The exhibits were great – those which we actually got to see. The museum was completely overrun with tour groups. Tours of over 50 people, all crouded around each exhibit. There were points where Amanda was literally pushed out of the way by tour groups, and on more than one occasion we were just swarmed, suddenly caught in a mass of people. A number of the staff were also quite blunt, making the whole experience frustrating. The exception was the Japanese tour groups we came across, who were lovely and polite. I honestly had never seen anything like it. At one point there was a staircase in the museum (a grand, wide staircasethat was unaccessable, due to the crowds of people blocking it. Eventually, we escaped the tour group mahem, and made our way to the tea house on the top floor (rather difficult to even get to, as we had to navigate through the tour groups). Honestly, the museum really is fantastic, but the entire experience was ruined by the tour groups. I haven’t come across anything close in my life – and I live in Japan, where people take tours for EVERYTHING.
The teahouse was lovely. The food really was delicious. We enjoyed a range of dim sum – my favourite was the bamboo shoot and shrimp dumplings. We were so tired from travelling and then having to navigate the tour group that we spent well over an hour just relaxing in the tea house, before braving the last section of the museum.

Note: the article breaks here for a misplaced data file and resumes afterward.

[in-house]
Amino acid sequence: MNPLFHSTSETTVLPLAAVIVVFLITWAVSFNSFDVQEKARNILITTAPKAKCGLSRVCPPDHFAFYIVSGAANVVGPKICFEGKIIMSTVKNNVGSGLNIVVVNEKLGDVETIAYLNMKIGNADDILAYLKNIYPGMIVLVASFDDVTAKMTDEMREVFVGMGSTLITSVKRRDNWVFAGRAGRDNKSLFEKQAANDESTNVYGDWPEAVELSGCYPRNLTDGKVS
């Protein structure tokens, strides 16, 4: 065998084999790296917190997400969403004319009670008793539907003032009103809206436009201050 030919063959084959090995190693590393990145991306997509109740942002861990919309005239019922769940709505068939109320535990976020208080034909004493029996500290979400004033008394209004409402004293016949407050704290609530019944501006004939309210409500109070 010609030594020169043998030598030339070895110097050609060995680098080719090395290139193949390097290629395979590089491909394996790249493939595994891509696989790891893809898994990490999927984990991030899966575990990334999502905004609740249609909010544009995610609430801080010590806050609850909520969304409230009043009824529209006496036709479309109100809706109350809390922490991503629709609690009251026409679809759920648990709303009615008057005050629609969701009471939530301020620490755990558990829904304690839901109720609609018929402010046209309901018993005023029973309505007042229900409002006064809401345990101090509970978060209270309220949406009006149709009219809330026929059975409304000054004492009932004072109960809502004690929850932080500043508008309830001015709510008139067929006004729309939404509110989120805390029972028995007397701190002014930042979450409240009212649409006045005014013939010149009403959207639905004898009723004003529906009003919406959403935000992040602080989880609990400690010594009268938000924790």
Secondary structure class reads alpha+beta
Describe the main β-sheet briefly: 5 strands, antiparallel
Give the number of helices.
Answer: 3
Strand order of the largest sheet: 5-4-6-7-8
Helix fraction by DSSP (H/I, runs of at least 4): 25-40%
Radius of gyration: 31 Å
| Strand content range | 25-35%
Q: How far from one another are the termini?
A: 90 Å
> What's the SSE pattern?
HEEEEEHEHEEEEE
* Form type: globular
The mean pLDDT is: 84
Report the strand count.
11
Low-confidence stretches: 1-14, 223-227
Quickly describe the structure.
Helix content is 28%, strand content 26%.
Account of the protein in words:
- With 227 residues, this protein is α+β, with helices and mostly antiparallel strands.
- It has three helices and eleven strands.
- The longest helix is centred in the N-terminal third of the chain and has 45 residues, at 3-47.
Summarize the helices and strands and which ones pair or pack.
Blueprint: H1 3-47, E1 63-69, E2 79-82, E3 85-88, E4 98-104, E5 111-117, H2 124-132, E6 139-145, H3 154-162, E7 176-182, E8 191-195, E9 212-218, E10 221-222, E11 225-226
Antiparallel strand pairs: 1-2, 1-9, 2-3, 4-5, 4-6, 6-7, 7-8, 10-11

After surviving the museum, we headed over to the Shilin Night Market – the largest night market in Taiwan. We enjoyed spending a couple of hours strolling the streets. We bought a few pairs of earrings, and Amanda bought a really cute bag. The vendors were really friendly, and it felt a lot less pushy than a lot fo the night markets I have visited.
We eventually got tired and headed downstairs to the foodcourt. It was hot, smelly, delicious mahem. After wandering around to get our bearings, we sat down to a dinner of oyster omelet and spicy dumplings. It was cheap (a couple of dollars for two of us) and delicious. We grabbed a few more snacks on our way out of the market. Amanda especially enjoyed munching on small, whole fried crabs, while I had the most amazing pepper steak bun – crispy on the outside, and extremely rich and flavourful on the inside. Perfect.
After dinner we were feeling extremely tired after a long day, so we went back to the hostel and crashed.
So, a week ago this happened…
The next morning, I jumped on the scales. I was the lightest I have been in 6 years.
Then this happened…
And I managed to gain 1.5kg in six glorious days.
I’m back at it now. I’m not running this week because my knee is sore, so I convinced my running buddy to go low impact. She found a yogalaties video online. The concept sounded great – slow, gentle movement. Sadly, it was more a case of us trying not to kick each other in a space 2 tatami mats wide, whilst an over enthusiastic instructor kept making comments like “doesn’t this stretch feel yummy”. On the plus side, I do have that ‘I worked out’ ache today.
I’ll write about Taiwan soon!